My rating: 4 of 5 stars
I probably look very stupid right now with a silly grin splitting my face. My feelings are all jumbled up but I can surely tell you I am a happy reader!
I had really high expectations for V.E. Schwab’s writing and I ended up so caught up in the story that I blew right through it. Her writing is compelling (at least to me) but her quality was not as consistent as I felt it was in Vicious and it certainly was slightly disconcerting to read smoothly because it was a whole new world.
Since we’re talking about worlds, I actually meant
4 3 worlds that she had to describe and give certain characteristics in order to help readers distinguish between them. As most people have read from the blurb, there are three Londons that the story revolves around and I have never gotten confused between them although I understand that others initially might.
The characters are nicely drawn-out and I really liked their actions because they were deliberately demonstrated to show their personalities and motives that drive their determinations. It certainly built them up as who they are and showed what made them tick. Lila Bard was very troublesome to pin down and I was not sure why she went along with everything and I’m pretty sure she did not know too. I personally think Kell may have a certain type of despairing allure and charm that led her to follow him aside from her thoughts of personal gain of adventure.
“They got to their feet, neither willing to walk away just yet, and Kell looked down at Delilah Bard, a cutthroat and a thief, a valiant partner and a strange, terrifying girl…Magic bent the world. Pulled it into shape. There were fixed points. Most of the time those points were places. But sometimes, rarely, they were people. For someone who never stood still, Lila still felt like a pin in Kell’s world.”
Kell is so lonely because he is a wayward traveler who feels possessed by others and unable to relate to normal people who lead routine lives. However, his feelings of disquiet and dissatisfaction all fade into the background when the acts he commits are sincere and purposeful due to his loyalty. His upbringing is a posh and privileged one filled with love and care and lots of camaraderie with the prince. The brotherhood is just so strong and I love it so much!! There was a lot of foil and juxtaposing Kell against Holland, another traveler who had the same powers as him. It becomes even more fun when they clash face-to-face and fight viciously against each other. Kell simply grew on me and I liked him more and more as the story went on. He obviously goes to strenuous lengths to protect his beloved city and he tries to do the right thing despite killing so many.
Lila was like the sidekick of the badass superhero but she definitely held her own and by all means, won my respect fairly. Sidekick may be a too endearing term to ascribe to Lila because she rather stuck onto Kell persistently and insisted on knowing what the hell was going on. Her courage bordered on foolhardiness since she does not have an affinity to magic and every villain had magic. Either way, she’s a strong character and aside from getting annoyed at her mischievousness in the first dozen pages, I grudgingly still admire her stubbornness.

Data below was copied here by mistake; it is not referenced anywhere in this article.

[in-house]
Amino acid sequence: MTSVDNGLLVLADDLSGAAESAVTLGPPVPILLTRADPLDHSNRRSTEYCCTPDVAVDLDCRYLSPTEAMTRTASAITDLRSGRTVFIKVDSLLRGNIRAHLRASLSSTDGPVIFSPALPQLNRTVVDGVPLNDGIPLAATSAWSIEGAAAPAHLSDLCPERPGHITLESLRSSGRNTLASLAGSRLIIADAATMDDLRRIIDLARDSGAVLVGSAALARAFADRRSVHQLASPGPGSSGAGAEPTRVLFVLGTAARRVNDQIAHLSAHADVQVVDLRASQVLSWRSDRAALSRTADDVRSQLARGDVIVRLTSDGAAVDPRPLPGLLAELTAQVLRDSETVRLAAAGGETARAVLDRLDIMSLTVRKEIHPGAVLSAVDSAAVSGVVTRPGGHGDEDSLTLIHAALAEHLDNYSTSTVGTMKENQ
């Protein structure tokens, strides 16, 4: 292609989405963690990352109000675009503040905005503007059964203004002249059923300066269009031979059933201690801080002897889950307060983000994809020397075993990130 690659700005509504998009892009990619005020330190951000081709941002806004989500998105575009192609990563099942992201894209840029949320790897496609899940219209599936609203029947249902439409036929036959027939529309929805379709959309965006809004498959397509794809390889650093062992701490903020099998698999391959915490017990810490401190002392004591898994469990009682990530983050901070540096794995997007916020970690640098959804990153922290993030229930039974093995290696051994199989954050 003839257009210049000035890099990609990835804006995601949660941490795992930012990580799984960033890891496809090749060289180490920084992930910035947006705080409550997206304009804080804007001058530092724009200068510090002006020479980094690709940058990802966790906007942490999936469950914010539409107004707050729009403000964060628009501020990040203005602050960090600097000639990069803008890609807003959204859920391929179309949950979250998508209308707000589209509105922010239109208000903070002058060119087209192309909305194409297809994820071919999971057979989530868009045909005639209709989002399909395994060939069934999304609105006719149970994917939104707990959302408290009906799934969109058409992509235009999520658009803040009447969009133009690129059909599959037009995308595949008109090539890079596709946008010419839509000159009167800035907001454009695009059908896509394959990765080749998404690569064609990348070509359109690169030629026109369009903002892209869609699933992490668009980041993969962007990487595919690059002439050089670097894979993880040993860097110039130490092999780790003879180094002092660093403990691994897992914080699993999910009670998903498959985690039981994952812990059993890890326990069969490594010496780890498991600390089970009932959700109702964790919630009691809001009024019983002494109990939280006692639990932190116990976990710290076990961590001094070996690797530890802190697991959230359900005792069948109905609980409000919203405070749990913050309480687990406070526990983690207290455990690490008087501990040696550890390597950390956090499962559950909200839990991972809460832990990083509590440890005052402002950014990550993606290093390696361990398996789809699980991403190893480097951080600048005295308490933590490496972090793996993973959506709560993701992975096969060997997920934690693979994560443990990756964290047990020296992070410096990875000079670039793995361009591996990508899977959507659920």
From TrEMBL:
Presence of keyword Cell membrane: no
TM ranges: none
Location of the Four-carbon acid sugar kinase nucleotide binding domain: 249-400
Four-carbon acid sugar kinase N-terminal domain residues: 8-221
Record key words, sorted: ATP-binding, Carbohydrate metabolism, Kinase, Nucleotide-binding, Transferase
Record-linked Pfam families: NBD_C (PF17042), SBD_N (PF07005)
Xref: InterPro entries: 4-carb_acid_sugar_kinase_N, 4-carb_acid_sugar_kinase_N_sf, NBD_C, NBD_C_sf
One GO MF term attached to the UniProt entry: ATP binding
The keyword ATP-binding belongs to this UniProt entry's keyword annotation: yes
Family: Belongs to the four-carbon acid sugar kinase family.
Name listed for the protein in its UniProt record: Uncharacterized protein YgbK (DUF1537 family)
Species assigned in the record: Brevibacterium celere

The storyline is one of the most engrossing ones I’ve read so far and I was so far invested into what was happening. The strongest points in the book are the plot twists which were really minor but brought a lot of fun as it elaborated and exacerbated situations. Everything begins to fall into chaos/place when the author weaved up tiny anecdotes in various parts of Londons to frame a bigger picture of the ominous current that grew to explode in the final part. My heart actually pounded when I read the battle sequences and I was thrilled to see how everyone was going to resolve the problems. This goes on top of the pile as having one of the most unique premises in a book and executing it in an exceedingly clever manner.
Even though the characters had a great development over time, the plot took the forefront and detracted from knowing them better. Schwab certainly didn’t write them so that we loved the characters since the storyline was what mattered.
It wasn’t a psychologically driven book and I almost feel let down because Schwab is well-known for toying with the characters. I felt as if so many people can play a deeper role in the story but I understand that it’s hard to develop characters when there is so much going on.
People seeking court politics would be find the barest minimum of it because magic is what the plot is centered on and it is fantasy so there should be some leeway. The concept of different kinds of magic is merely brushed off and we readers are expected to just accept it.
The ending was tied up too easily in the end but there’s a sequel so I’m not complaining since I still have several questions lingering and left unanswered.
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